RPS Retirement Plan Advisors

Potential Changes to 401(k) Plans and Their Impact on Employees

In the federal government’s eternal quest to raise tax revenue, corporate sponsored 401(k) plans are once again squarely in the crosshairs. At the moment, there are a number of proposed changes that could have a dramatic effect on how 401(k) plans operate.

The changes stem from how Congress views the tax breaks given to those who decide to save for retirement on a pre-tax basis through these types of savings vehicles. First of all, it’s important to understand that contributions to a typical 401(k) plan are tax deferred, not tax free — unless the contributions go into a Roth 401(k). That means the person contributing to the plan gets a break on paying taxes on that money today, but instead defers the taxes until later in life when the money is pulled out and put to use. This could be 10, 20 or 30 years down the road. So, the government does eventually get their tax revenue.

However, federal budget forecasts usually only take the next 10 years into account. As a result, 401(k) plans are unfairly placed into the same boat as the deduction for employer sponsored health plans. When the government looks at the nearly $5 trillion sitting in 401(k) plans, they salivate over the potential tax revenue. As a result, Congress has proposed a number of changes to how these plans operate. A few of these are listed below:

  • Cap on Pre-Tax Contributions — Currently, an individual can contribute up to $18,000 to a 401(k) account pre-tax. This proposal would limit the pre-tax contributions to half of that amount ($9,000), and anything above would have to be characterized as a Roth 401(k) contribution.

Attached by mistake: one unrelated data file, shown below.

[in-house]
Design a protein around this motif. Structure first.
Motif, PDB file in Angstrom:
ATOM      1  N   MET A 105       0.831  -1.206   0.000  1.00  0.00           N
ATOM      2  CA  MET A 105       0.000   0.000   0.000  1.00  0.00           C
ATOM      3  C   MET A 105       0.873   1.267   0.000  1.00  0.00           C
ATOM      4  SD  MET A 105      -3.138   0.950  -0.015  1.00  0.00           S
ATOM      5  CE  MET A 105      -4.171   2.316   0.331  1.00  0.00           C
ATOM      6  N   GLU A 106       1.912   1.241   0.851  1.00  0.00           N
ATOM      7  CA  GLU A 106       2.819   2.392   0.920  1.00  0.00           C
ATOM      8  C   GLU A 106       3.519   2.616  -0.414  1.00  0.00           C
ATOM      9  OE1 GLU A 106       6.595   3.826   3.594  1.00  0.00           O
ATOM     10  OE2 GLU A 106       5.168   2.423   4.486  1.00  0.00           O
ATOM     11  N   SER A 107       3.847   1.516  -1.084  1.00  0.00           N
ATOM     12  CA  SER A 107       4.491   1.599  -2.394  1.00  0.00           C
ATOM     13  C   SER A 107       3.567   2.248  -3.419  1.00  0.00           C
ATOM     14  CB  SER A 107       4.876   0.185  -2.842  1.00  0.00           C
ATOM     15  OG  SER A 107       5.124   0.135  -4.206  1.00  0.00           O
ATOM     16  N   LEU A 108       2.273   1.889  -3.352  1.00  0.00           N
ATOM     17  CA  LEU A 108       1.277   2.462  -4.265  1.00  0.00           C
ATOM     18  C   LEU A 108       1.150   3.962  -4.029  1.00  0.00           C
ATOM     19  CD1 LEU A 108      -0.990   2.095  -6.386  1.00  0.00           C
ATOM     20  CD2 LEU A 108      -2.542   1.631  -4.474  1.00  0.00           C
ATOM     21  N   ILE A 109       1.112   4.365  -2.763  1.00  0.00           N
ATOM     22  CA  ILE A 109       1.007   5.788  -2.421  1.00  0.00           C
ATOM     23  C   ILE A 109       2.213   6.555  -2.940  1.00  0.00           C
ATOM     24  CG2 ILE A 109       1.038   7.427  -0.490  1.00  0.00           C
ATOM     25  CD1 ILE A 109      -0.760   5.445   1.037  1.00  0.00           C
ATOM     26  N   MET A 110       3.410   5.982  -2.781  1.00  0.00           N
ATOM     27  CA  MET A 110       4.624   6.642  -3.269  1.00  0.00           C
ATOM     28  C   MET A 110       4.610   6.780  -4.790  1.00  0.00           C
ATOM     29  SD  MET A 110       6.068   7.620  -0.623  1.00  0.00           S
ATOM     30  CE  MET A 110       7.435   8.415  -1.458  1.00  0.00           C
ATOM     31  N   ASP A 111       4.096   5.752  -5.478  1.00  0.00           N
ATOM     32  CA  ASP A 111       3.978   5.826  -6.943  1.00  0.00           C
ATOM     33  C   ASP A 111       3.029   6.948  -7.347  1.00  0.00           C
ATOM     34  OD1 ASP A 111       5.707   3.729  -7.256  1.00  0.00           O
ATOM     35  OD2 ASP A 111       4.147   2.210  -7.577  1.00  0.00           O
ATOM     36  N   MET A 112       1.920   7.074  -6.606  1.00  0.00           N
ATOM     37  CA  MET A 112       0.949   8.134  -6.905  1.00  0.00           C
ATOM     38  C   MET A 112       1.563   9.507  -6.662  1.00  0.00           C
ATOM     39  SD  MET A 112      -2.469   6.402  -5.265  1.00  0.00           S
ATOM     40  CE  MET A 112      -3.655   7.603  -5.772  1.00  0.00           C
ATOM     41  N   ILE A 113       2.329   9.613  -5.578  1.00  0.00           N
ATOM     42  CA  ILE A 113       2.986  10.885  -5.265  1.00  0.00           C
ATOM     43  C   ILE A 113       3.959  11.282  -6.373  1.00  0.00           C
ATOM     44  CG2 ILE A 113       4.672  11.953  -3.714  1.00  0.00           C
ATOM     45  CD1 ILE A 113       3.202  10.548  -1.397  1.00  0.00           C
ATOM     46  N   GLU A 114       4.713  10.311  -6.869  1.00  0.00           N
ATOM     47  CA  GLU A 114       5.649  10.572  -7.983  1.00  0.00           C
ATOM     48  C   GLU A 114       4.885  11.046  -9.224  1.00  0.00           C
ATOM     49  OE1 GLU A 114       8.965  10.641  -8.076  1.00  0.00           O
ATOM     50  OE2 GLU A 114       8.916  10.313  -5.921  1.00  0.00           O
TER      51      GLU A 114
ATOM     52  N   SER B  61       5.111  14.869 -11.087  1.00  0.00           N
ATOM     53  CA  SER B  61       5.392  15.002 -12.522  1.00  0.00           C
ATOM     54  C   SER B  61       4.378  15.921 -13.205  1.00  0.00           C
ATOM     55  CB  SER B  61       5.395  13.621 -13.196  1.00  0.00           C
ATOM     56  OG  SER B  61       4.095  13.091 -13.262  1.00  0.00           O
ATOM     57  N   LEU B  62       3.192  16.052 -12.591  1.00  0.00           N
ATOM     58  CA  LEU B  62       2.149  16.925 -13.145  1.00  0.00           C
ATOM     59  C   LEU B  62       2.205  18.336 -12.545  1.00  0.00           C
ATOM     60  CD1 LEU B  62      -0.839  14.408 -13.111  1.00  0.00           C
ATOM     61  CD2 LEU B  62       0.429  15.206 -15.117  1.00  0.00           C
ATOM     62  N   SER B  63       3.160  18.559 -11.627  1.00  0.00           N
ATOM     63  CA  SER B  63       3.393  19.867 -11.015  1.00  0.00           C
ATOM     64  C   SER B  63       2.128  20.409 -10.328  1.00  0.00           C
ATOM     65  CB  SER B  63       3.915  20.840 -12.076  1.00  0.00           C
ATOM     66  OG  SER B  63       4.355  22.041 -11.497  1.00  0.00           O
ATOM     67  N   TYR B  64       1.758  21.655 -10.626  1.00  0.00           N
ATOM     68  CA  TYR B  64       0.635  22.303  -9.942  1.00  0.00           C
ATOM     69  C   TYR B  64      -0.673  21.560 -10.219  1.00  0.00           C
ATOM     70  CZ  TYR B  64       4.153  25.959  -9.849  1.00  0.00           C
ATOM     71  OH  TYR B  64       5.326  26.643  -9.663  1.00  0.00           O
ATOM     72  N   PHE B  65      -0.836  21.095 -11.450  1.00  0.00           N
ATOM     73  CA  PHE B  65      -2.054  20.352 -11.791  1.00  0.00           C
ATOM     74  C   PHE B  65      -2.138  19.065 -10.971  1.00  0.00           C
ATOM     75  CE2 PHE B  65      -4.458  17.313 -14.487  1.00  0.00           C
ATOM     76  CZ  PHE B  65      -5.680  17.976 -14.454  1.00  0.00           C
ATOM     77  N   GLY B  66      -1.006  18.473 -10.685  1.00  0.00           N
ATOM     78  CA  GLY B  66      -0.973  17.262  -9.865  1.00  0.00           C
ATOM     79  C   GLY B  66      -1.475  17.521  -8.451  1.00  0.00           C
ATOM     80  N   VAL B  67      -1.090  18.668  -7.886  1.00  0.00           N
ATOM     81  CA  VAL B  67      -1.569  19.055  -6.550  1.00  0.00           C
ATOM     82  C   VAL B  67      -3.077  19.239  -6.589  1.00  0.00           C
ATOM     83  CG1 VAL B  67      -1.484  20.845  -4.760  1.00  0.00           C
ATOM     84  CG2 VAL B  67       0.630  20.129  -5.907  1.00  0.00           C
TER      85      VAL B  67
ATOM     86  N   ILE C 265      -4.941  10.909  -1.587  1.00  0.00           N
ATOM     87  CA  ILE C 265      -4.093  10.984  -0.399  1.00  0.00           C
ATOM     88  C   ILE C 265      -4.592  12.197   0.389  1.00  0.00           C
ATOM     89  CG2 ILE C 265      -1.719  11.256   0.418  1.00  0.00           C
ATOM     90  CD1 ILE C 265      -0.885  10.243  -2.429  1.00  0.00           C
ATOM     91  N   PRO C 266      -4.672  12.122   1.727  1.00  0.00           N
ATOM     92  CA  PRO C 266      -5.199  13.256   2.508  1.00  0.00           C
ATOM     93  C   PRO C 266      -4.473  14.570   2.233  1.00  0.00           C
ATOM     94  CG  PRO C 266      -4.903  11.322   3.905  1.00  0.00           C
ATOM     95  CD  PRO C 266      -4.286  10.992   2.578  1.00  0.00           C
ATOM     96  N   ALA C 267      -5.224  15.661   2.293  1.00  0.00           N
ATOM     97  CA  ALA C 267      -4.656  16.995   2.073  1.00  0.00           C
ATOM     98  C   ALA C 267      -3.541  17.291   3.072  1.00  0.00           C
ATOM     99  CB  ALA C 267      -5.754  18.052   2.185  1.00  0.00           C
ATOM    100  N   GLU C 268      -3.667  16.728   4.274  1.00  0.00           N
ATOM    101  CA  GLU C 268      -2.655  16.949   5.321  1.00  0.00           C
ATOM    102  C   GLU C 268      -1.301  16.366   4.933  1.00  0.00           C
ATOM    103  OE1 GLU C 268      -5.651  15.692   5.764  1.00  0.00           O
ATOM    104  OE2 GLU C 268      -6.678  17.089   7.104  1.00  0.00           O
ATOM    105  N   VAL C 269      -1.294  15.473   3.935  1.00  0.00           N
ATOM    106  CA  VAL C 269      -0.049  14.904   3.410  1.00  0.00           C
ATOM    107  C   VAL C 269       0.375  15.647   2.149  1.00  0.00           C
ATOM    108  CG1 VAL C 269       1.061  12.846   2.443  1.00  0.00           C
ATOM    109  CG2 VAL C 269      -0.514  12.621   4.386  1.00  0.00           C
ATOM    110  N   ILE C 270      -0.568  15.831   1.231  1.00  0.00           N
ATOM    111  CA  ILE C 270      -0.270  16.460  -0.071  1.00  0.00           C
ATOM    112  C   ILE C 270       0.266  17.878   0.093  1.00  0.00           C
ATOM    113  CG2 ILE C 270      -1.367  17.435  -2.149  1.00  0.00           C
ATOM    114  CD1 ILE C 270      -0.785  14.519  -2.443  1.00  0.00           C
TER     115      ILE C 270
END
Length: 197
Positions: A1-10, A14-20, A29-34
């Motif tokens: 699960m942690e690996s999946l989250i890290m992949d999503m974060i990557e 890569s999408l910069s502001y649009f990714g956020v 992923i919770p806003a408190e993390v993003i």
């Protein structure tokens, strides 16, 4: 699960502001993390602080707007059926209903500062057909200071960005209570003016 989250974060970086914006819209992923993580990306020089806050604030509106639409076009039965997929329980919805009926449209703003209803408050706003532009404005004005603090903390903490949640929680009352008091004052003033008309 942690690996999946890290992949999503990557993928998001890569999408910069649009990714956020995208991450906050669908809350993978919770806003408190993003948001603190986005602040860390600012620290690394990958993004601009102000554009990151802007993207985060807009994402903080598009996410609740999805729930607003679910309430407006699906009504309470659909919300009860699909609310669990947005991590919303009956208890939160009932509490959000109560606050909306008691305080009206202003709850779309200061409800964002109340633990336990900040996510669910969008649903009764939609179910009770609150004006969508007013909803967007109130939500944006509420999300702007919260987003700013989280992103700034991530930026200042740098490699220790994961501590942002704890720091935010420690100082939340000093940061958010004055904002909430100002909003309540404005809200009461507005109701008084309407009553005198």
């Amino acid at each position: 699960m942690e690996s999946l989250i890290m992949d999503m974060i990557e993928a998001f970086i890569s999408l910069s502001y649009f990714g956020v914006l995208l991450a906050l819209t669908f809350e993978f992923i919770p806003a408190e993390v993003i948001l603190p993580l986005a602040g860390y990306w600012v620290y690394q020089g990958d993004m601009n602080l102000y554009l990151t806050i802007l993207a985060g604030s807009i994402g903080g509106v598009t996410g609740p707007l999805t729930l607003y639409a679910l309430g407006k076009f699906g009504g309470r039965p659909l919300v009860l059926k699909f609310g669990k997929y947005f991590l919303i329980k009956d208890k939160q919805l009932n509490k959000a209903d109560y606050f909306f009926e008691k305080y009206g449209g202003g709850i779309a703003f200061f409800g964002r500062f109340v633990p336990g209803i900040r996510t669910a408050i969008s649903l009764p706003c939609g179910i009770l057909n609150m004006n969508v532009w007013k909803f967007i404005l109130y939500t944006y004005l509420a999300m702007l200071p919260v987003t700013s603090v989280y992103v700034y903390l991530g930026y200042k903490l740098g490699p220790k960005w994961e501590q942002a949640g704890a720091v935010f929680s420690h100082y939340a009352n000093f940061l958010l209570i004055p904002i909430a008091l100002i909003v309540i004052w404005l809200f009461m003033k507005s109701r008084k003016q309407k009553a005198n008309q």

• Limiting Tax Deferral to 28% of Income — Suppose an individual or family falls into a tax bracket higher than 28%, like 35%. They would only get a deduction on those contributions as if they were in the 28% bracket. As a result, they would have to pay tax on some of their 401(k) contributions. In addition, when they pull the money out at retirement, they would pay normal tax on ALL of the assets — effectively double taxing a portion of the retirement savings.
  • Limiting Combined IRA/401(k) Balances to $3.4 Million — This is not really a limit on the account balance, per se, but a limit on how much annual income can be generated by these tax-deferred accounts. The current limit on income from a retirement vehicle is $210,000, which is generated by a present account value of roughly $3.4 million.
  • Indexing of Plan Limits Suspended — Historically, 401(k) contribution limits have been indexed, meaning they can potentially increase a little each year. This proposal would suspend indexing and keep limits static for a 10-year period — effectively reducing the amount of income that could be deferred as a plan ages, and potentially increasing the amount of taxable income an employee takes home over that same timeframe.

It’s not certain which of these proposals, if any, will actually come to pass. And, while these proposals focus on limiting tax deductions, there are other proposals out there designed to increase coverage for those who don’t have access to an employer-sponsored retirement plan. We’ll continue to provide updates on all proposals and their potential impacts upon both plan sponsors and employees as the House and Senate advance in their debates.